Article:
• Clear communication: While the executive sponsor will be held responsible for the overall success of the project, the project leader is fully responsible for the execution of the day-to-day project activities. This relationship must be based on mutual trust and respect. It is maintained through excellent communication that allows the project manager to discuss issues that present risk, clarify business decisions from the executive committee or other collaborating functional leaders, and provides for timely decisions that allow for the smooth execution of the project.
  • Respecting boundaries: It is commonly understood that while the executive sponsor will not necessarily have in-depth project management experience, she / he will rely upon the project leader for the decisions that are within the scope and budget of the project. An area of risk exposure to the hygiene of a good project, occurs when the executive sponsor undermines the role of the project leader by micromanaging the daily activities of the project. The project manager should be the interface between the project team and the executive sponsor. The over involvement of the sponsor with the project team, users, and other project constituents, will undermine the authority of the project leader and add risk to the project.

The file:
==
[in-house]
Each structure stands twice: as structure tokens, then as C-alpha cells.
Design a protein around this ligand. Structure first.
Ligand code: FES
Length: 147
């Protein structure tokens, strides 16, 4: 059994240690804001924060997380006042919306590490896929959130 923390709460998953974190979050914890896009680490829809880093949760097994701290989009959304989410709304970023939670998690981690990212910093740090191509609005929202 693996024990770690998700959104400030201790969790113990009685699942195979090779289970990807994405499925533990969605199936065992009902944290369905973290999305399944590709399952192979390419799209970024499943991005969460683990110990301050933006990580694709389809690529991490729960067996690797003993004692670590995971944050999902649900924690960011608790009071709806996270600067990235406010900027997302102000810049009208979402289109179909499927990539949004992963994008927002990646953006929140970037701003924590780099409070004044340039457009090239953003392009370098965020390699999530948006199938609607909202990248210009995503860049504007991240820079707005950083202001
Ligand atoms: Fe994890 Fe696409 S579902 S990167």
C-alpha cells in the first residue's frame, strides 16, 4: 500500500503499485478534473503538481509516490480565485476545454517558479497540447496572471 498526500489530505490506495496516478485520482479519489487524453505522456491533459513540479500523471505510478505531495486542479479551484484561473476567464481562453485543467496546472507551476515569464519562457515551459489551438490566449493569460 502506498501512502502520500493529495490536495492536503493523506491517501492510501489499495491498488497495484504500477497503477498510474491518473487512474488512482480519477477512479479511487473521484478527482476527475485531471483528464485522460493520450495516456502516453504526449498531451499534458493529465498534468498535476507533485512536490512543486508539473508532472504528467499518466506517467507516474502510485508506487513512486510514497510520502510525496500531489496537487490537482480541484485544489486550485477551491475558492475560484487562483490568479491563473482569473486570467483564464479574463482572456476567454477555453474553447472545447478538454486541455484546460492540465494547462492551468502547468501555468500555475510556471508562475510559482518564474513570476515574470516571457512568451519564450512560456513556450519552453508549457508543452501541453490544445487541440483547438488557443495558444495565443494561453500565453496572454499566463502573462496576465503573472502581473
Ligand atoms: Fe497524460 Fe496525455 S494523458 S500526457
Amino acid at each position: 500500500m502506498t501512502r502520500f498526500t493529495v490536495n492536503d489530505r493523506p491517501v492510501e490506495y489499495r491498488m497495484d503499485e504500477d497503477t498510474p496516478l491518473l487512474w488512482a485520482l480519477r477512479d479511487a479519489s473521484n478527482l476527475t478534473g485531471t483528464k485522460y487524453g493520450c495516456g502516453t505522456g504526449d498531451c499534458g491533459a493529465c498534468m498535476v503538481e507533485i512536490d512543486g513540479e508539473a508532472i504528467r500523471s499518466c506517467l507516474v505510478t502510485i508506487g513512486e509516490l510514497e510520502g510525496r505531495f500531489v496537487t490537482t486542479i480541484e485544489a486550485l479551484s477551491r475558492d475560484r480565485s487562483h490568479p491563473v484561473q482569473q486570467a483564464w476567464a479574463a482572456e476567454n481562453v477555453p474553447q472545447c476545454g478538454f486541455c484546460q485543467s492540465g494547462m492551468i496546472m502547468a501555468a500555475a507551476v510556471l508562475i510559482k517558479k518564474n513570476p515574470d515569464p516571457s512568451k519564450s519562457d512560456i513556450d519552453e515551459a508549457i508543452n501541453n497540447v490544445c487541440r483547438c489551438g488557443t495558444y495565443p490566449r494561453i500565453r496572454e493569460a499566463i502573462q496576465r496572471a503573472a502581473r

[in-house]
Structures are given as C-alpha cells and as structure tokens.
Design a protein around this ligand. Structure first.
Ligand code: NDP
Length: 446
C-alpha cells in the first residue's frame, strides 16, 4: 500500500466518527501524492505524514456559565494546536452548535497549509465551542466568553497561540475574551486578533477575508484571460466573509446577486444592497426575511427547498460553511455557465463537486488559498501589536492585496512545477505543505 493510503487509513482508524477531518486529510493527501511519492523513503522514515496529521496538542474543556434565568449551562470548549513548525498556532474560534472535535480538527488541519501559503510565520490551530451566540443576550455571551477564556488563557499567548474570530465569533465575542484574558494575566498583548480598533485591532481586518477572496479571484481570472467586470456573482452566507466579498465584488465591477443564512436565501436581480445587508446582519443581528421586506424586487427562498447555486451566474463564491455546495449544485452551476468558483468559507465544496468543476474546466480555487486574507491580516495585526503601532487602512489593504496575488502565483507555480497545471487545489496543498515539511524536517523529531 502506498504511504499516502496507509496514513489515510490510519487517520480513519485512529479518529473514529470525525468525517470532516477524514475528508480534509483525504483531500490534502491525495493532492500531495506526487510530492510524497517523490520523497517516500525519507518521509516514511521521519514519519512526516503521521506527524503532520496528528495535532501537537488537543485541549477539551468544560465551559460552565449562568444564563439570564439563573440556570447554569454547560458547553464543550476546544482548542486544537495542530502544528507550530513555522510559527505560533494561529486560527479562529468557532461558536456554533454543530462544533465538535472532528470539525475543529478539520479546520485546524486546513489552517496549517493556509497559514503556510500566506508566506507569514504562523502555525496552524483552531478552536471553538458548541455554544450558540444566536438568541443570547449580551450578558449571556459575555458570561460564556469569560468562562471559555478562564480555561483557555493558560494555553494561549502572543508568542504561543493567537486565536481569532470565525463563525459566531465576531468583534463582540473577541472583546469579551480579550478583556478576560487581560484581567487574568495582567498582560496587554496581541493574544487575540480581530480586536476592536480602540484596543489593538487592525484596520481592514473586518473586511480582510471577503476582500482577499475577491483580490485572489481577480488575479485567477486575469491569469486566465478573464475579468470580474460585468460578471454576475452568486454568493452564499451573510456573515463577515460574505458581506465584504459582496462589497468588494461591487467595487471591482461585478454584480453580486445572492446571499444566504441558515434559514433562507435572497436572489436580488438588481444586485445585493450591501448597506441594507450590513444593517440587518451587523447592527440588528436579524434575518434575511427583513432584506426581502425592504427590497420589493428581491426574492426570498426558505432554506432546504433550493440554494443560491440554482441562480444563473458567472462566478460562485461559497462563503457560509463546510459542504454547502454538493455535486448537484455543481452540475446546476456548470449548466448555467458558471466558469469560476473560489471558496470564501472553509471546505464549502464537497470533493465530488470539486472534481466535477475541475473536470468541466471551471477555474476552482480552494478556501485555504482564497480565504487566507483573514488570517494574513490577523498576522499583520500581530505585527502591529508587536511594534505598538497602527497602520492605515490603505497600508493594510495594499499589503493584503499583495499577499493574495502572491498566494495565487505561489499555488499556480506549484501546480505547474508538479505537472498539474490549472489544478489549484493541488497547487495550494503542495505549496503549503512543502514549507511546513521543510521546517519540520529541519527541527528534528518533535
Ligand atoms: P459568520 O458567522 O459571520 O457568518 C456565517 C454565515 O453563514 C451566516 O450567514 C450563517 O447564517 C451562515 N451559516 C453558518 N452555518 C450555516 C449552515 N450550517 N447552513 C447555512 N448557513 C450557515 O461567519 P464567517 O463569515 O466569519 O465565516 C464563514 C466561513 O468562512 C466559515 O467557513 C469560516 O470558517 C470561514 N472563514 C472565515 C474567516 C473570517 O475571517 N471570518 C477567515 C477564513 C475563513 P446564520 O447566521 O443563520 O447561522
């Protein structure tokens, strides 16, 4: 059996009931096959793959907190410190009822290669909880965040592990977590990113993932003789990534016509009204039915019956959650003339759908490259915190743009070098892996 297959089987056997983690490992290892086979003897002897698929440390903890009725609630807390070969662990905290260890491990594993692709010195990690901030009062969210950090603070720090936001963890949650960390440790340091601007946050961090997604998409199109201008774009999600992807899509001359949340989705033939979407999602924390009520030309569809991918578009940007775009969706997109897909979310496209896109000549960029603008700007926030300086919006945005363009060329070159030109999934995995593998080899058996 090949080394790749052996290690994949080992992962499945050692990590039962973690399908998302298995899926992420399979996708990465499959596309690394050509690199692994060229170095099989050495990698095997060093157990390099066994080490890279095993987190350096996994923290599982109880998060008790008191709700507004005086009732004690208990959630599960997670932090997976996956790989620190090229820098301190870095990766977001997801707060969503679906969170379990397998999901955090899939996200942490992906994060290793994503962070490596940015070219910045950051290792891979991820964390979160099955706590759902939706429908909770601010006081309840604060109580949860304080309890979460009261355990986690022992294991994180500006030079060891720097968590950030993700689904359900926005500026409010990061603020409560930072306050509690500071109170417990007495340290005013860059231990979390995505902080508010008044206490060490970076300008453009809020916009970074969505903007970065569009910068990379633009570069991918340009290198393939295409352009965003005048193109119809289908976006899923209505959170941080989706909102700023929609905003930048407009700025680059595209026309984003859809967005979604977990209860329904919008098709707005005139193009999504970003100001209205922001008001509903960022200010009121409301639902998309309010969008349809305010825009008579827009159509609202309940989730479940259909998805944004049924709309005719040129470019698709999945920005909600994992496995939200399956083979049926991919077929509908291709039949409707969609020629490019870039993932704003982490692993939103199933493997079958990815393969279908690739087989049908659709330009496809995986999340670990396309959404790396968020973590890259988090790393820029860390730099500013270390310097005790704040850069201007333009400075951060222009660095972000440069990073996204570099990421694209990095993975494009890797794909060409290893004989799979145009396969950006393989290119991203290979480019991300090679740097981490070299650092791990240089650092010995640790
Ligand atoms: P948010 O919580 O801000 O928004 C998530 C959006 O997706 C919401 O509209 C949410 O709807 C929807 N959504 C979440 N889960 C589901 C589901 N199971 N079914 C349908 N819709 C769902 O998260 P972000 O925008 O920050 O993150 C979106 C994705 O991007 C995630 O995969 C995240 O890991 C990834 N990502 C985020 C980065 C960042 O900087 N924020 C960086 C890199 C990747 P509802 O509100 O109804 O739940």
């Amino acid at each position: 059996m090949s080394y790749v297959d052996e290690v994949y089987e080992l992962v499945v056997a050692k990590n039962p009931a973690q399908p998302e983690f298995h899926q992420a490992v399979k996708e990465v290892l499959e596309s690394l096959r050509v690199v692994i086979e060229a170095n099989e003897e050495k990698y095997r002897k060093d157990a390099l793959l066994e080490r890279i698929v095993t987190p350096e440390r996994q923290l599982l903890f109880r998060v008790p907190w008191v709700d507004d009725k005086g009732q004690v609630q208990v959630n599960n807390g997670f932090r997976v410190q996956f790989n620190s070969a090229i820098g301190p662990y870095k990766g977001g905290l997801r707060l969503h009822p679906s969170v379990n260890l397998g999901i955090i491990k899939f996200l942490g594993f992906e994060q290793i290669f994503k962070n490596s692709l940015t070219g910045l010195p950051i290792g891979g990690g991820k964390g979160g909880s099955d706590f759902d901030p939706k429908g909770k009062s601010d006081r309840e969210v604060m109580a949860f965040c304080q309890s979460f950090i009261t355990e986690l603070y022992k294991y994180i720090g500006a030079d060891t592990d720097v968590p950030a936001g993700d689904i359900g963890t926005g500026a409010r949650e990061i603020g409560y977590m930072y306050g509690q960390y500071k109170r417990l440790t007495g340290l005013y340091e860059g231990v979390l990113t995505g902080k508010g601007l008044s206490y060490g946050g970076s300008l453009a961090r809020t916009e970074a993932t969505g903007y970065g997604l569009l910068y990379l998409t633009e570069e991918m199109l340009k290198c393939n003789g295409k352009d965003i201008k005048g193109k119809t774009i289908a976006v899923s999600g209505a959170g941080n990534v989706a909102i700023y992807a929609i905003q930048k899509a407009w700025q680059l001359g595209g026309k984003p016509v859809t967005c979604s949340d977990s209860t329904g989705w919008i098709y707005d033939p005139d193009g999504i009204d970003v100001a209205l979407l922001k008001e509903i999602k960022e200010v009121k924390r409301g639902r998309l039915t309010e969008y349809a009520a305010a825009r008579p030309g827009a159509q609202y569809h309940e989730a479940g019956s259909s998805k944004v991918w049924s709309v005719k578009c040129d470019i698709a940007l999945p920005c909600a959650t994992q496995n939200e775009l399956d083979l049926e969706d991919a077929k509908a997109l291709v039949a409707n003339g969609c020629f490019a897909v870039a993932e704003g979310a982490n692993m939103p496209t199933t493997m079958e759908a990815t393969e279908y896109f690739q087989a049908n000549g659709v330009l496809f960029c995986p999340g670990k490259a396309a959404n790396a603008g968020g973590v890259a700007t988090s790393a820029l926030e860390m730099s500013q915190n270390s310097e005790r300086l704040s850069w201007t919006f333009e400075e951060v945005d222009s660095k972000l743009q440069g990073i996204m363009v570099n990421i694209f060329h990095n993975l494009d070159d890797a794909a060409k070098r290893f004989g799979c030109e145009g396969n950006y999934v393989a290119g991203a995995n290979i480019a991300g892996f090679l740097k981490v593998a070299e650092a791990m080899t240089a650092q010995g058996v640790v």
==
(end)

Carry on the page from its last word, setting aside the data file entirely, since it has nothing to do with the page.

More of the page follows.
• Clear roles: It is important for the team and these two key contributors to understand their differentiated roles and to support and trust each other. The sponsor’s role is more strategic and should focus on the creating the proper environment for the success of an initiative while the project leader is focused more on the execution. The backbone to this key relationship is free and open communication between these two roles which requires reassurance from the sponsor and resolution by the project leader.

In Conclusion

While much as been written about the art of project management, and specifically, the role and responsibilities of the project manager, even leading to the attainment of a certification in project management, less has been done to truly advise on the critical role, responsibilities, and regular activities of the executive sponsor. Therefore there is considerable opportunity to improve project performance by providing greater attention to the definition and preparation of the executive sponsor. When selecting an executive sponsor, leadership should consider five personal attributes when making the decision – considerate, competence, credibility, commitment and engagement which will be addressed in a series of articles to help corporate leadership in choosing an executive sponsor. In the end, having the best executive sponsor will only help ensure the success of your corporate investment.

Complimentary Discovery Briefing

What are you interested in?
This field is for validation purposes and should be left unchanged.